Stella then meets Will (Cole Sprouse), who is a rebel and hates doing his treatments. He hates doing them so much, that he just doesn’t do them anymore. He says, “It’s just life. It’ll be over before we know it” and “we are breathing borrowed air”. Some perspective, huh? But that used to be me.

Growing up as a teenager, I was rebellious. Didn’t do my treatments. In fact, I went to severe lengths just to FAKE doing my treatments! Being hospitalized my sophomore year of high school did nothing for me. My parents begged me to do them. I didn’t care. It wasn’t until I suffered from depression the summer before my sophomore year of college, that I finally realized my purpose in life. And I began to do my treatments.

If you know me, you know I’m a planner. I’m organized. I’m what you call, “Type A”. I’m a one on the Enneagram, if you’re into that. I love me some organization! That’s how I relate most to Stella. She is on top of her treatments (and Will’s) at all times! She created an app to help keep her pills and treatments organized. She has control issues and she knows it. Hiiiii. Meet Jordan!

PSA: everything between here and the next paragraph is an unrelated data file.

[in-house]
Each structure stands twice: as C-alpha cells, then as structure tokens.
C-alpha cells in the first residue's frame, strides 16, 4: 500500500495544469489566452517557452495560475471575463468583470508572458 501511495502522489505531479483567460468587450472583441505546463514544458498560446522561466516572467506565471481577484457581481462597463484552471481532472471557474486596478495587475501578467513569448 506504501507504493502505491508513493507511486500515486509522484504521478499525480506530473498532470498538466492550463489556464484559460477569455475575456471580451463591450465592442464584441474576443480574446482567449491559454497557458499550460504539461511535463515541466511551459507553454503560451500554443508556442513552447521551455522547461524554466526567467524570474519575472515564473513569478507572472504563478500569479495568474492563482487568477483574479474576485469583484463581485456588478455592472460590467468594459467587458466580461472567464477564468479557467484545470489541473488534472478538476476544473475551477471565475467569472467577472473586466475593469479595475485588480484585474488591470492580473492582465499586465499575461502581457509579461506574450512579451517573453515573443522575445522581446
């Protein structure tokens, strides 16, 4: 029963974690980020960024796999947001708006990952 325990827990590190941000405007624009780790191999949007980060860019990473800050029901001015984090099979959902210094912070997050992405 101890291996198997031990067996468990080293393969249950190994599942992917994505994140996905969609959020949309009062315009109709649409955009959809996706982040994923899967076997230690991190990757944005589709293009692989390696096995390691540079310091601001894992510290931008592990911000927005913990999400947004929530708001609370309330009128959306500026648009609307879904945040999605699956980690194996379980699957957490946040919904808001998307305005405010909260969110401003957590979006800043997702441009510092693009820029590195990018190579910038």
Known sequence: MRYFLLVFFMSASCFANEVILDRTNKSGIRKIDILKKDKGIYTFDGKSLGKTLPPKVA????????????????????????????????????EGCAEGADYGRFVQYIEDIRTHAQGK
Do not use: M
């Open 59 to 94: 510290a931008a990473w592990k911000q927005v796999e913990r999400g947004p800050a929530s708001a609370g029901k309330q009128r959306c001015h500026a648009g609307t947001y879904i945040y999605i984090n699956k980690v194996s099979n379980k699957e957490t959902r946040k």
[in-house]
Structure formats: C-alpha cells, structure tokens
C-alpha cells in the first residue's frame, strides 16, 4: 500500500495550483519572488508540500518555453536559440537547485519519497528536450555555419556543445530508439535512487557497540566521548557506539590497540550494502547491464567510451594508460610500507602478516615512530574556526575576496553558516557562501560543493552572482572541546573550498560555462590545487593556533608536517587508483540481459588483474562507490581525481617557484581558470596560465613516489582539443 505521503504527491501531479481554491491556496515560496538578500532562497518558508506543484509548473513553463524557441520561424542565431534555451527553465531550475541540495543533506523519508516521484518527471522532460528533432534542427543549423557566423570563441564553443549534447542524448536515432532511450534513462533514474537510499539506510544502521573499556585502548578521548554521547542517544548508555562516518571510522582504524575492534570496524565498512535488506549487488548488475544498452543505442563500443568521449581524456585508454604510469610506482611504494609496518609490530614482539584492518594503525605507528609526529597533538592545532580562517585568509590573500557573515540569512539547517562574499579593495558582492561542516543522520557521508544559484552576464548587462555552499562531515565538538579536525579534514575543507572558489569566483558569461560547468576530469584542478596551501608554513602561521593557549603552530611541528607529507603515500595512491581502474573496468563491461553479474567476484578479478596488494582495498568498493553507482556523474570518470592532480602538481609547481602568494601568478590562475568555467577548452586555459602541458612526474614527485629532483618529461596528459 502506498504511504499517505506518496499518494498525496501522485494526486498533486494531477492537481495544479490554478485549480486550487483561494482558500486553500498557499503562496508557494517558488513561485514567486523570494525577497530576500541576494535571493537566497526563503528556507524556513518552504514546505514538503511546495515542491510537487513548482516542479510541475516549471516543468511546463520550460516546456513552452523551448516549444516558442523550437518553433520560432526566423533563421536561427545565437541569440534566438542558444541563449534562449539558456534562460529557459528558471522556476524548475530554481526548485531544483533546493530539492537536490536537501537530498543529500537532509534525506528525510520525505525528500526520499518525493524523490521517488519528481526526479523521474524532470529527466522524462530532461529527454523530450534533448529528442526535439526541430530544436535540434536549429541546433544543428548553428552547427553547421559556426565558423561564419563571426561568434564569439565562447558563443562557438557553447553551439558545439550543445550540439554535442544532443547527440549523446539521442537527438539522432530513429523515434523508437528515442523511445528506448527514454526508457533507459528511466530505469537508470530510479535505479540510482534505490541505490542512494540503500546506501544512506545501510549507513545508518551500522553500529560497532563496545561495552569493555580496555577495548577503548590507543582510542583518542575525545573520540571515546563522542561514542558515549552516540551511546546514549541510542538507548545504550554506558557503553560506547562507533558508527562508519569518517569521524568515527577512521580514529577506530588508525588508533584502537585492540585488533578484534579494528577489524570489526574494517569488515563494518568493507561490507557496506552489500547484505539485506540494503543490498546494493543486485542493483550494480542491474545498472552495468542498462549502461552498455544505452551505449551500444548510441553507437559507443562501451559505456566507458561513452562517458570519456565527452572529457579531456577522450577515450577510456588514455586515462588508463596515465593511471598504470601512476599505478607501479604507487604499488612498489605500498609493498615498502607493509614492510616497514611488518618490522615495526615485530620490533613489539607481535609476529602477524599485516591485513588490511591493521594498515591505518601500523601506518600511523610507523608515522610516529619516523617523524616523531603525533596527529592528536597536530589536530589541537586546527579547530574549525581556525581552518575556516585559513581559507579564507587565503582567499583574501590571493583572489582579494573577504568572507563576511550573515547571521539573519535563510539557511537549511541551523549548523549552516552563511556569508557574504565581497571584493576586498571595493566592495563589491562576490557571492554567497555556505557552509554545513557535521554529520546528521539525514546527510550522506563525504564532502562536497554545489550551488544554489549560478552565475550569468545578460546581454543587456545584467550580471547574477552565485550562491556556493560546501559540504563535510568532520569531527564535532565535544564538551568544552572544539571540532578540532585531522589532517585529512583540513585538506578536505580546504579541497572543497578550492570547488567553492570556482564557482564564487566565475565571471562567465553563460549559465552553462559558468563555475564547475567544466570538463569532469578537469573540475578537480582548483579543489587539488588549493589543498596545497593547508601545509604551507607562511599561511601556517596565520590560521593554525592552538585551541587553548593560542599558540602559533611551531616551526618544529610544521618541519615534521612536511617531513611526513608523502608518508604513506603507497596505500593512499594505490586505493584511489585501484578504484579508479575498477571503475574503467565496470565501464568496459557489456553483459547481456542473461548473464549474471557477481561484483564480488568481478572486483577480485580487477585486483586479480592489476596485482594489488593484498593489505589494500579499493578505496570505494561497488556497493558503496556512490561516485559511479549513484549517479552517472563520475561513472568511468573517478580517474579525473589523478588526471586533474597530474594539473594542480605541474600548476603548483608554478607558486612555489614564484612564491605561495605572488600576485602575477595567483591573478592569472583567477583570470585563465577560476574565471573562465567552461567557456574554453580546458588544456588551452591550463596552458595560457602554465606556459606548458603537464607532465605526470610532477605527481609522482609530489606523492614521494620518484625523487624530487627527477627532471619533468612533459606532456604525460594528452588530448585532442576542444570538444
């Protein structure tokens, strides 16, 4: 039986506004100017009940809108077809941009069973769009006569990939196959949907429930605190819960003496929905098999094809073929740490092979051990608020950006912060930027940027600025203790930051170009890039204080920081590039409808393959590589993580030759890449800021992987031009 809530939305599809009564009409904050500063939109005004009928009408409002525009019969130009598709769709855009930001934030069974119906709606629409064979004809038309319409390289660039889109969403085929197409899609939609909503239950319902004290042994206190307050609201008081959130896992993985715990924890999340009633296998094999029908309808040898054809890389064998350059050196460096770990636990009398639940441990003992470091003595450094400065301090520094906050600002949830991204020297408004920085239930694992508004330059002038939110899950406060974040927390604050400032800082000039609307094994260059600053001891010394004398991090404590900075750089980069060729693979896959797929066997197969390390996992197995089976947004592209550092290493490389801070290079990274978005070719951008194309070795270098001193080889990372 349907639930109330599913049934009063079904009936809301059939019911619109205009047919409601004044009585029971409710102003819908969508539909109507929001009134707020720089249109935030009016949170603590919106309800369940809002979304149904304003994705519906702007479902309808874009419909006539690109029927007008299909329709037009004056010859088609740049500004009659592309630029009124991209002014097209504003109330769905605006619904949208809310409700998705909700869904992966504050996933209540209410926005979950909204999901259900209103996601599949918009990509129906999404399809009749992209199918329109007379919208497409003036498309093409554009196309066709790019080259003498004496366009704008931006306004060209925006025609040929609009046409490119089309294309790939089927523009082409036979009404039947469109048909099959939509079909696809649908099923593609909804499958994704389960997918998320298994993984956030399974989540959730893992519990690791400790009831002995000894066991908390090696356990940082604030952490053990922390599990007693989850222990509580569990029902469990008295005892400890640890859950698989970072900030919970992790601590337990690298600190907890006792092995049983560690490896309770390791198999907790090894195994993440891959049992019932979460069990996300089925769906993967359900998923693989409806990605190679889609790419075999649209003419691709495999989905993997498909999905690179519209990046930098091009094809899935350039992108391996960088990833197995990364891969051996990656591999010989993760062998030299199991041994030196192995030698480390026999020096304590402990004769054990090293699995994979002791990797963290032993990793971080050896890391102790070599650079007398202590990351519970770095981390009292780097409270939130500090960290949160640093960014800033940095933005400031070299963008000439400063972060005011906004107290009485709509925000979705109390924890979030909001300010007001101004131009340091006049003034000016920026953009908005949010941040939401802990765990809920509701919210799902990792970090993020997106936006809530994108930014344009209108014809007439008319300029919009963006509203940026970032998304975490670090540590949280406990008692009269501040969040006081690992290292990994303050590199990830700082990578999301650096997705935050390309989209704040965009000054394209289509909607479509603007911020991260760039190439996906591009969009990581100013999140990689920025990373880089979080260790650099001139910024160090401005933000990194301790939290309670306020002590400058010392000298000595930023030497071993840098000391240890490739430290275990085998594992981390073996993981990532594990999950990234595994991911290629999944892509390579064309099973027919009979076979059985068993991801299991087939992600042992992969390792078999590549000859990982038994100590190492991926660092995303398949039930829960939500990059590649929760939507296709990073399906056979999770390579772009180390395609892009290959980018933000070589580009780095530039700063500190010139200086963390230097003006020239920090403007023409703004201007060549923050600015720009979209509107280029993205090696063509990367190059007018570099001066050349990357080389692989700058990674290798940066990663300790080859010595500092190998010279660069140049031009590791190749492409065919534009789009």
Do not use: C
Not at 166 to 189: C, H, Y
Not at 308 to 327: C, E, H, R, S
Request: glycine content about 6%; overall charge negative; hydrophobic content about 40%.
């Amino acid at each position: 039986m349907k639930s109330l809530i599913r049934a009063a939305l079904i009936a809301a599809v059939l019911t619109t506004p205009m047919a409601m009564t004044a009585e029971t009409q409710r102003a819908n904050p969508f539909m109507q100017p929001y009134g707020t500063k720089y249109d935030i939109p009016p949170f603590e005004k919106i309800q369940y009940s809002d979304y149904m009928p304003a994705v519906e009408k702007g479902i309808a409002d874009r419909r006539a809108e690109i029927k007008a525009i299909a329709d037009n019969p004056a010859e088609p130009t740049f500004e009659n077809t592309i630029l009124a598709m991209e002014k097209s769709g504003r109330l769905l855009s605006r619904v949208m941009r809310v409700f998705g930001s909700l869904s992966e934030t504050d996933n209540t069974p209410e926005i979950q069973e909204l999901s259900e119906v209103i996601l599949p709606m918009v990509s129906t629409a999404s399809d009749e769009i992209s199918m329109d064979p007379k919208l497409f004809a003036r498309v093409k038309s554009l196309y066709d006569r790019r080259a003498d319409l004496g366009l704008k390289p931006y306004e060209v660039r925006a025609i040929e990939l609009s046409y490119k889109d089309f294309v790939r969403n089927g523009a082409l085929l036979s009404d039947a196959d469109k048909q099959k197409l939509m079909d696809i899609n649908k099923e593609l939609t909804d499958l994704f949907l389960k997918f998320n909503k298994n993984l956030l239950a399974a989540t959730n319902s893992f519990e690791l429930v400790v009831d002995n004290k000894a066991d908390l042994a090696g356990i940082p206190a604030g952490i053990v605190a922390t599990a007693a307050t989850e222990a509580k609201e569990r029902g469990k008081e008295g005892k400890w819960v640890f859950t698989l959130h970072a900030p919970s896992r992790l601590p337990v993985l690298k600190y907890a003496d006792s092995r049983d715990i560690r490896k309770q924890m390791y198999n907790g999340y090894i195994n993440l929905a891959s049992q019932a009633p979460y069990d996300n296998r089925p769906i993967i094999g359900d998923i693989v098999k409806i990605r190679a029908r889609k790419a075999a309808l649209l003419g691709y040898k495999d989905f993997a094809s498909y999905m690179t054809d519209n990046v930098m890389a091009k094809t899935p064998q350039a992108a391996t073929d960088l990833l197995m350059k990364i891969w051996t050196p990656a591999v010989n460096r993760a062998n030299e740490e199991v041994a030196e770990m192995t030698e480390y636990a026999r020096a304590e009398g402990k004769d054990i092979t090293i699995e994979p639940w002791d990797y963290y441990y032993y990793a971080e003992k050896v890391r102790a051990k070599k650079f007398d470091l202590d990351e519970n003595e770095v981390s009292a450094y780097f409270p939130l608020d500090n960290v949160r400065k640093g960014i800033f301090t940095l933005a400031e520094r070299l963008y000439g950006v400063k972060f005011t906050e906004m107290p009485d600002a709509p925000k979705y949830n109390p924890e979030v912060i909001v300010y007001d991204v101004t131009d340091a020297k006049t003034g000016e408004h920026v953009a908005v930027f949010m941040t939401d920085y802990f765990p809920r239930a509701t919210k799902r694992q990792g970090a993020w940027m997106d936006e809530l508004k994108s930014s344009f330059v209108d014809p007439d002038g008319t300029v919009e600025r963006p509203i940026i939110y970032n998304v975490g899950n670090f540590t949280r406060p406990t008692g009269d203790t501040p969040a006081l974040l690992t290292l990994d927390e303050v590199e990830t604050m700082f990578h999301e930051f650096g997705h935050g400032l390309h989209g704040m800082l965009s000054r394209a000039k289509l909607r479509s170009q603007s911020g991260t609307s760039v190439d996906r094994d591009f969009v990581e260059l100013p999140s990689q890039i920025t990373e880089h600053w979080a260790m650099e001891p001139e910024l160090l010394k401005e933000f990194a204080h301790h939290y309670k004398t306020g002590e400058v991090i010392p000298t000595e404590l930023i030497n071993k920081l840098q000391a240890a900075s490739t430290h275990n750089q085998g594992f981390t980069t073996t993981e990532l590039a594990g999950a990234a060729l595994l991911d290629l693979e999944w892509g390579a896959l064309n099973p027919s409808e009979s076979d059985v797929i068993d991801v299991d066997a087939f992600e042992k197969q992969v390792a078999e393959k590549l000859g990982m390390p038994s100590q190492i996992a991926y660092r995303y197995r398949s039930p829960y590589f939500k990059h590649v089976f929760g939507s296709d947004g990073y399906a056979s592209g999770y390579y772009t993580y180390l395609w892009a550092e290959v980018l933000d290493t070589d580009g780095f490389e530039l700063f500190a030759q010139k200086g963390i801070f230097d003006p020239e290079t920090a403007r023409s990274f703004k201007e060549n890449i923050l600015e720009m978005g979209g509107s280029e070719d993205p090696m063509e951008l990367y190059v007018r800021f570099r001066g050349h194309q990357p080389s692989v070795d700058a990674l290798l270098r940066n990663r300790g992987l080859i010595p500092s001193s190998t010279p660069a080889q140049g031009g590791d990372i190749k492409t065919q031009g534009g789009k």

If I wasn’t so organized, I’d probably be dead. Seriously. Okay, maybe not. But I would not be as healthy as I am right now! Organization is key for me to stay on top of my pills and treatments! I haven’t always been perfect at it, but it truly helps, and I’m more on top of my CF than I’ve ever been!

Then, we meet Poe, played by Moises Arias. Stella’s BFF. Poe brings a lot of hilarity to this movie. Jason and I both agreed he was our favorite part because everything he said was hilarious! But, halfway through the movie, Poe dies. Right after he spent time with Stella and Will. He was fine just hours before his death.

And that, y’all, was so real.